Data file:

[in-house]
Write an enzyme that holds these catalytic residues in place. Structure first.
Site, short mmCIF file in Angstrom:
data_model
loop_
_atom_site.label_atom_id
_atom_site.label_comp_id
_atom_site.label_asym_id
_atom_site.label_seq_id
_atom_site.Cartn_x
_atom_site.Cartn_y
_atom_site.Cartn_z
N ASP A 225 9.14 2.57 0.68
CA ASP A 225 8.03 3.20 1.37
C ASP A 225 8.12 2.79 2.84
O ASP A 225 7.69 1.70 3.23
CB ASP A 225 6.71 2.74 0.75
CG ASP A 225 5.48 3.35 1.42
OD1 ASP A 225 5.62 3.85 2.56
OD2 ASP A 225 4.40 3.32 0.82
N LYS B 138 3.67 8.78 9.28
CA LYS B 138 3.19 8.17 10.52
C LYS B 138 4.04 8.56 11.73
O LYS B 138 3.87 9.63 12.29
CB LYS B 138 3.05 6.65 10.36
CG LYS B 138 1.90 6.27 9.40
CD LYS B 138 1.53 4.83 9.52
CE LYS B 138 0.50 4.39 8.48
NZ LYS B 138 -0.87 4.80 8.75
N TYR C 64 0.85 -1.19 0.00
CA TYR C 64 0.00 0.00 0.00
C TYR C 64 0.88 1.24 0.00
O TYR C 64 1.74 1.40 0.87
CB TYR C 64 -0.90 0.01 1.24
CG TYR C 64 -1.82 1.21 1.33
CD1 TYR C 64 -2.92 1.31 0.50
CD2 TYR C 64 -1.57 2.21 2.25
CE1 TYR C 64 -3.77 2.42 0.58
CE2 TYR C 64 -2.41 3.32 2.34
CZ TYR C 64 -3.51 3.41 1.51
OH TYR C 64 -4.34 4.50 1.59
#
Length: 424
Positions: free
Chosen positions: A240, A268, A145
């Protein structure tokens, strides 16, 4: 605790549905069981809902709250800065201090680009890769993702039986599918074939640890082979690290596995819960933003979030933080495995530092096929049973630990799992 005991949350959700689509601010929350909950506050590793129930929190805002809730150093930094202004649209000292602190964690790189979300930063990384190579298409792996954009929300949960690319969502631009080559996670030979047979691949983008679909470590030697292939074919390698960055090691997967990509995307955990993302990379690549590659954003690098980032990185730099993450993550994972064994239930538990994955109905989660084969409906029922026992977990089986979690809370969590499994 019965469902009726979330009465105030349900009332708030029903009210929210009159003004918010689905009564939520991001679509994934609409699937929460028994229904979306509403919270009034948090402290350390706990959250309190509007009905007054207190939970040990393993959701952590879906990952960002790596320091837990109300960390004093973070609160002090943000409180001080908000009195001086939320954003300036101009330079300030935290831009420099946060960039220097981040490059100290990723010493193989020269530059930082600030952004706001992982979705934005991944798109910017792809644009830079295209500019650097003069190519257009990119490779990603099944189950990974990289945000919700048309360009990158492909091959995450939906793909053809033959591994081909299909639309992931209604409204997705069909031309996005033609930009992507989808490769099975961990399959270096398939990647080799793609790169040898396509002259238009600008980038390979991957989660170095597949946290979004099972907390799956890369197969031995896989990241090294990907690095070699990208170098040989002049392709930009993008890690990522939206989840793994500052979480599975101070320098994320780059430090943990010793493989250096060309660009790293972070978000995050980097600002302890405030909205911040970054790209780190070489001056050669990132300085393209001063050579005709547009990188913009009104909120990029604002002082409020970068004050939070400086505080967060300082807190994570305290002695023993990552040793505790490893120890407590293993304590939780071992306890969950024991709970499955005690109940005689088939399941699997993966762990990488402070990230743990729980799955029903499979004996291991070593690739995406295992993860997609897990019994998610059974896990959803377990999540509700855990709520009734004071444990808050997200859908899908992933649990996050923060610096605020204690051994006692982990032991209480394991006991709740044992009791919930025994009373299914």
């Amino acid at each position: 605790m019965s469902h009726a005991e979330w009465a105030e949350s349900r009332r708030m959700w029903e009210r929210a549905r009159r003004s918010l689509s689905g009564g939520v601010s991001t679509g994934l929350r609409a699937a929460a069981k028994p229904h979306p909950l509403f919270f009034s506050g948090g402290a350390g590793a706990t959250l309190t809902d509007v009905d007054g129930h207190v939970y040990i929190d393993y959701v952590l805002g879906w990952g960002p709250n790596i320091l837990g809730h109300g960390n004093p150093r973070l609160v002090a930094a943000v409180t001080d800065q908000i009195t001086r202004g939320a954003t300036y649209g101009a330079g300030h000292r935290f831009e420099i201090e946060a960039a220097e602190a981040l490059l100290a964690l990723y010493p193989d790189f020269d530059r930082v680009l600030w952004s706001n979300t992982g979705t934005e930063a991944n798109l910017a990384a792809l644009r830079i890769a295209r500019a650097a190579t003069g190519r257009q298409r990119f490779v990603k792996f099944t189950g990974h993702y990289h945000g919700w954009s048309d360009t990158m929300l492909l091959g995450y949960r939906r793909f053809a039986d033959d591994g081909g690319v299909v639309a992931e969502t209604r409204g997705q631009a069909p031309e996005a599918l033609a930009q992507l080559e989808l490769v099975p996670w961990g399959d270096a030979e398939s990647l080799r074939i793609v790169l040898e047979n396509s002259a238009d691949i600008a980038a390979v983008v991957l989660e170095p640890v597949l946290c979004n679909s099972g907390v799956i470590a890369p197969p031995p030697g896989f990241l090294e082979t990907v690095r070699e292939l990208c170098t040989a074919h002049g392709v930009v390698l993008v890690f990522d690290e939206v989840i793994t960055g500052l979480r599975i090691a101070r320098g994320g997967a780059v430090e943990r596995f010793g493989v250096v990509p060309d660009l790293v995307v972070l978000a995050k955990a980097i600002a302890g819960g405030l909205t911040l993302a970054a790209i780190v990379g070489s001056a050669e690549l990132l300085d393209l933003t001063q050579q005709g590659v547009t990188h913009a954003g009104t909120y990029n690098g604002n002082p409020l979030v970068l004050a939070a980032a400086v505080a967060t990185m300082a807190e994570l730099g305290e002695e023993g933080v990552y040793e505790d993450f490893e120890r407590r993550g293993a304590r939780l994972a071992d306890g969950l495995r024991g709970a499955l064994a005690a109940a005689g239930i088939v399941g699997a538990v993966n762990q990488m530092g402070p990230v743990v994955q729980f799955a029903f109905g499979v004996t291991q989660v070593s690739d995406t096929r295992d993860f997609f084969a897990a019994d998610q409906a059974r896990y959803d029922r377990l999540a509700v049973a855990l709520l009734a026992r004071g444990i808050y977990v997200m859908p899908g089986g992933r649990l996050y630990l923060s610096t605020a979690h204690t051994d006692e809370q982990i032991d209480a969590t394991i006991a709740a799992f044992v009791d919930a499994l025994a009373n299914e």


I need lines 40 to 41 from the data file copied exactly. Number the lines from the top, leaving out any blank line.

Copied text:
CZ TYR C 64 -3.51 3.41 1.51
OH TYR C 64 -4.34 4.50 1.59